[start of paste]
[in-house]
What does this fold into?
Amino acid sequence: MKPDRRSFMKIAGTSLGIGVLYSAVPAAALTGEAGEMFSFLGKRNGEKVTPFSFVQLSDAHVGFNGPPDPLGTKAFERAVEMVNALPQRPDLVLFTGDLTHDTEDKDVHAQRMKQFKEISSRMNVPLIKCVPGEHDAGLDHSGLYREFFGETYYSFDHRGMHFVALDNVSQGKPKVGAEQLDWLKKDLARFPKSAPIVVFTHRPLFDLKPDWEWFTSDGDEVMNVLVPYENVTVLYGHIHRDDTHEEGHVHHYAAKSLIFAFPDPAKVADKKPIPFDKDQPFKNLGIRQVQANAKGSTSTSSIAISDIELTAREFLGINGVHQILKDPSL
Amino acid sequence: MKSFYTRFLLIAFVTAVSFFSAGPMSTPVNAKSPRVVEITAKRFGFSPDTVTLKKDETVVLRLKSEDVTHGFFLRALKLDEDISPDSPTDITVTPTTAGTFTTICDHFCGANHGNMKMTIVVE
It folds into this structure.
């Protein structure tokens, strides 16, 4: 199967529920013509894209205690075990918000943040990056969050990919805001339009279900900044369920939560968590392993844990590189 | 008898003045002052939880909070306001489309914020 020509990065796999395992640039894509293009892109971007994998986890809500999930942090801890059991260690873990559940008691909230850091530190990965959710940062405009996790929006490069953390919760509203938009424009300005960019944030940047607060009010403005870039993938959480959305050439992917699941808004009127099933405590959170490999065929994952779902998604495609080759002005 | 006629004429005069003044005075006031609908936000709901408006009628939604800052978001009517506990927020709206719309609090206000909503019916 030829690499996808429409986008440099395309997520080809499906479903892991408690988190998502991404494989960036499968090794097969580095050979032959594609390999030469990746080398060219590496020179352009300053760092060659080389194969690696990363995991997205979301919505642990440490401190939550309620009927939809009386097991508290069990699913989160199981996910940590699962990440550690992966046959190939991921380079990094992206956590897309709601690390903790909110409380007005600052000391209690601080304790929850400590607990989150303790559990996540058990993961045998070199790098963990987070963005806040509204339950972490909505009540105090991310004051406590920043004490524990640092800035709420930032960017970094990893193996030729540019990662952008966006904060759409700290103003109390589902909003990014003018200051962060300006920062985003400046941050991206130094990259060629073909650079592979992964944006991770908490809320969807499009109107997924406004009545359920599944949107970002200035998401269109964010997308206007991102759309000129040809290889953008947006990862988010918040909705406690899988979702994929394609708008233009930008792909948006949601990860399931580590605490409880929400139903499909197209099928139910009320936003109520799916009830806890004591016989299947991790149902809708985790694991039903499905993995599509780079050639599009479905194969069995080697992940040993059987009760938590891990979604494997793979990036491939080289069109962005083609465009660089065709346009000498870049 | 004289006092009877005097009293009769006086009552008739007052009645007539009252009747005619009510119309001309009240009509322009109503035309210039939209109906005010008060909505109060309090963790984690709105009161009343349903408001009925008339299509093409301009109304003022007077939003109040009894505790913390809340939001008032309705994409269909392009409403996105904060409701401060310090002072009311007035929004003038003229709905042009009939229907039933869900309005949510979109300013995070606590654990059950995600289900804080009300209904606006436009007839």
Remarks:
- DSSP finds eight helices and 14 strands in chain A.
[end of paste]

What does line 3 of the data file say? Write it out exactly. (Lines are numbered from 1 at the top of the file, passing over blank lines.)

Amino acid sequence: MKPDRRSFMKIAGTSLGIGVLYSAVPAAALTGEAGEMFSFLGKRNGEKVTPFSFVQLSDAHVGFNGPPDPLGTKAFERAVEMVNALPQRPDLVLFTGDLTHDTEDKDVHAQRMKQFKEISSRMNVPLIKCVPGEHDAGLDHSGLYREFFGETYYSFDHRGMHFVALDNVSQGKPKVGAEQLDWLKKDLARFPKSAPIVVFTHRPLFDLKPDWEWFTSDGDEVMNVLVPYENVTVLYGHIHRDDTHEEGHVHHYAAKSLIFAFPDPAKVADKKPIPFDKDQPFKNLGIRQVQANAKGSTSTSSIAISDIELTAREFLGINGVHQILKDPSL